A magazine for friends of the Warren Alpert Medical School of Brown University.

An App for Chronic Pain


Developed by researchers at the Carney Institute for Brain Science, the SOMA app will enable clinicians to improve treatment options for patients.

More than 116 million people in the United States suffer from chronic pain, and half of them are partially or totally disabled by it. Unfortunately, we don’t know much about what happens in the brain during the transition from acute to chronic pain.

A new mobile application, developed by researchers at Brown University’s Robert J. and Nancy D. Carney Institute for Brain Science, is here to untangle the mystery.

The app is called SOMA, and it is designed to directly support individuals with chronic pain while also gathering the data that will help researchers better predict which patients’ pain will become chronic. The name stems from the Greek word for “body, entire person,” signifying that the app takes a holistic approach to pain. SOMA allows users to track their pain, treatment, and activities—including which efforts affect their pain in positive or negative ways. The app is now available through both Apple’s App Store and Google Play.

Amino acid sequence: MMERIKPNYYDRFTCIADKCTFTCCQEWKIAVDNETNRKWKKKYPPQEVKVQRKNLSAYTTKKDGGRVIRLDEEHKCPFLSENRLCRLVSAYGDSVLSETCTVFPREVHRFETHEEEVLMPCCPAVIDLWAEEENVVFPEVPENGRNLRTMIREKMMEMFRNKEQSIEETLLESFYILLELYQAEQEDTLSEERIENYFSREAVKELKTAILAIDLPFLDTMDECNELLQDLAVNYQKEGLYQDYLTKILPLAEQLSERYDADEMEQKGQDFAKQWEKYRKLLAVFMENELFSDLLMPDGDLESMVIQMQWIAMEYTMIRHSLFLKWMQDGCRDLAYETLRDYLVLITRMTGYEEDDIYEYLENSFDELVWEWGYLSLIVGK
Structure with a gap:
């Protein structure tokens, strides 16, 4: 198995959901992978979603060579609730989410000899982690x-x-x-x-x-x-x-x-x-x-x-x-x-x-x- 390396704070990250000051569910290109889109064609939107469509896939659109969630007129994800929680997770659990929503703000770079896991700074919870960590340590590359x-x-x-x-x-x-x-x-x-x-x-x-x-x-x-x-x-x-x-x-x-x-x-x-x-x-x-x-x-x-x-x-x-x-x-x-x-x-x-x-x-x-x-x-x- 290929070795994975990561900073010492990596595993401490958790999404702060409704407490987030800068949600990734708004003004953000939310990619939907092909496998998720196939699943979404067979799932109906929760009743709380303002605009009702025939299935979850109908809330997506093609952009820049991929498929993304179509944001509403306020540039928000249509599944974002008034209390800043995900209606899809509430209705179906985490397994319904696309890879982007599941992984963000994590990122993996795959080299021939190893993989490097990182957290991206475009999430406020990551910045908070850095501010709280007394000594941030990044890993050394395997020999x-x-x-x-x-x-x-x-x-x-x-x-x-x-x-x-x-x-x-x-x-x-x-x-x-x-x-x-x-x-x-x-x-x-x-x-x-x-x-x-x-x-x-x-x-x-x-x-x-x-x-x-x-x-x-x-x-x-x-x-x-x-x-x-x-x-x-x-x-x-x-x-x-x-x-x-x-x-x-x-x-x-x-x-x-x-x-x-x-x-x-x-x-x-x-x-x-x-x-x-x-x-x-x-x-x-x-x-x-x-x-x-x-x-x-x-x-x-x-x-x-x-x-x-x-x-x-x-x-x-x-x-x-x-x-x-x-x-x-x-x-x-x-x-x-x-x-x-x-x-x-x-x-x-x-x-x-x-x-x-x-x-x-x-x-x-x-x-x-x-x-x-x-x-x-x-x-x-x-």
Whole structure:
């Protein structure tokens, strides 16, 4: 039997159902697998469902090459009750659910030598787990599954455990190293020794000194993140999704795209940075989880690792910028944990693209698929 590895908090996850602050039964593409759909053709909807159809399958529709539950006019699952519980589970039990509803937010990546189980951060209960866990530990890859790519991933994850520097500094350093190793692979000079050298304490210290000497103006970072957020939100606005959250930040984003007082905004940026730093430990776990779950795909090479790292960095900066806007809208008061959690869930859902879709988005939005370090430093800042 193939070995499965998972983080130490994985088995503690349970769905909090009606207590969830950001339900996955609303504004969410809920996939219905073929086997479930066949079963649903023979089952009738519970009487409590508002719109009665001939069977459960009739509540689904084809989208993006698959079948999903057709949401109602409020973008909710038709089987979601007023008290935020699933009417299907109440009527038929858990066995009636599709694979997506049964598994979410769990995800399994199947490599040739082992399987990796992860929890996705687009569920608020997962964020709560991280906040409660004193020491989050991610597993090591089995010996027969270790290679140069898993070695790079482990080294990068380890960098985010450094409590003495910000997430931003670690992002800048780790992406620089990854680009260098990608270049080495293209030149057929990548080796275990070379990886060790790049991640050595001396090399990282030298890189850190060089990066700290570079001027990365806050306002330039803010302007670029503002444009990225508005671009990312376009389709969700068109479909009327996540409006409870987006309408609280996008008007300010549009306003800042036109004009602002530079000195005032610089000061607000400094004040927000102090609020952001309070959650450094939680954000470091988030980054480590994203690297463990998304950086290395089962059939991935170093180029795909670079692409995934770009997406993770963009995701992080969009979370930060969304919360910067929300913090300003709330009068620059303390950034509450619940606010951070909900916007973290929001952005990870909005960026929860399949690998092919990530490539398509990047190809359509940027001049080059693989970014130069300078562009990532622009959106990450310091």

“When you injure your foot, there are sensors in your body that signal to the brain that there’s potential tissue damage. And that’s when you start to experience pain,” says Frederike Petzschner, PhD, assistant professor of psychiatry and human behavior and research lead on the project. “The pain is happening at the level of the brain, not in the body. The problem is when pain becomes chronic, persisting well after the tissue has already healed.”

Petzschner and her team combine measurements of brain activity with behavioral assessments through the app to better understand how different parts of the brain control the initial signaling and the long-term maintenance of pain and the mechanisms of the transition from one to the other. With more detailed information about this process, clinicians will be able to offer treatment options that target the root cause of chronic pain.

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